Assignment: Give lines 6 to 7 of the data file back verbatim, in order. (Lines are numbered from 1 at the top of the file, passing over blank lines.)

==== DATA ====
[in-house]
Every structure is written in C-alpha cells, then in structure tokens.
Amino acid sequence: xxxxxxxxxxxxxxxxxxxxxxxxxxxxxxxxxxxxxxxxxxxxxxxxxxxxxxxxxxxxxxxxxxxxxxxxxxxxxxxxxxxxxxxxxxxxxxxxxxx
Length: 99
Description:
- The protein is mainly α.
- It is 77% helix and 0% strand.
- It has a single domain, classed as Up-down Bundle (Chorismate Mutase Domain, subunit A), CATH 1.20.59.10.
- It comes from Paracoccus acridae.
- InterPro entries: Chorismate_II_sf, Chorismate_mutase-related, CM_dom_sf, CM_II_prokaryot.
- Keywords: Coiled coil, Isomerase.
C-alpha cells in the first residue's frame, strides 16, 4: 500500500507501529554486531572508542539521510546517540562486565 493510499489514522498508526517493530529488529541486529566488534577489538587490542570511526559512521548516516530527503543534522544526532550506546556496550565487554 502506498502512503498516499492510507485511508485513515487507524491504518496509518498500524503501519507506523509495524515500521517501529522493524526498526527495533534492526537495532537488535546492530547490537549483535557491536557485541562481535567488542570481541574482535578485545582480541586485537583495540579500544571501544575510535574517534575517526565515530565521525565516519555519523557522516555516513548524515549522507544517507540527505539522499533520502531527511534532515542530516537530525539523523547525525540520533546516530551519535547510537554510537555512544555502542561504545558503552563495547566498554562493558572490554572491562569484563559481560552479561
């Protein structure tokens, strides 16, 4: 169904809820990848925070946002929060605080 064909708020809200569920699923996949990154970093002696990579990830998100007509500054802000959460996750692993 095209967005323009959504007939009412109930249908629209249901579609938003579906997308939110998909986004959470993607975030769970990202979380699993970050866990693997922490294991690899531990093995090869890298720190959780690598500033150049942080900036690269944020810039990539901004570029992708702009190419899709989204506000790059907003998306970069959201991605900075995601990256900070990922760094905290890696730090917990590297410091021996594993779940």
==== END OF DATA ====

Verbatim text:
- The protein is mainly α.
- It is 77% helix and 0% strand.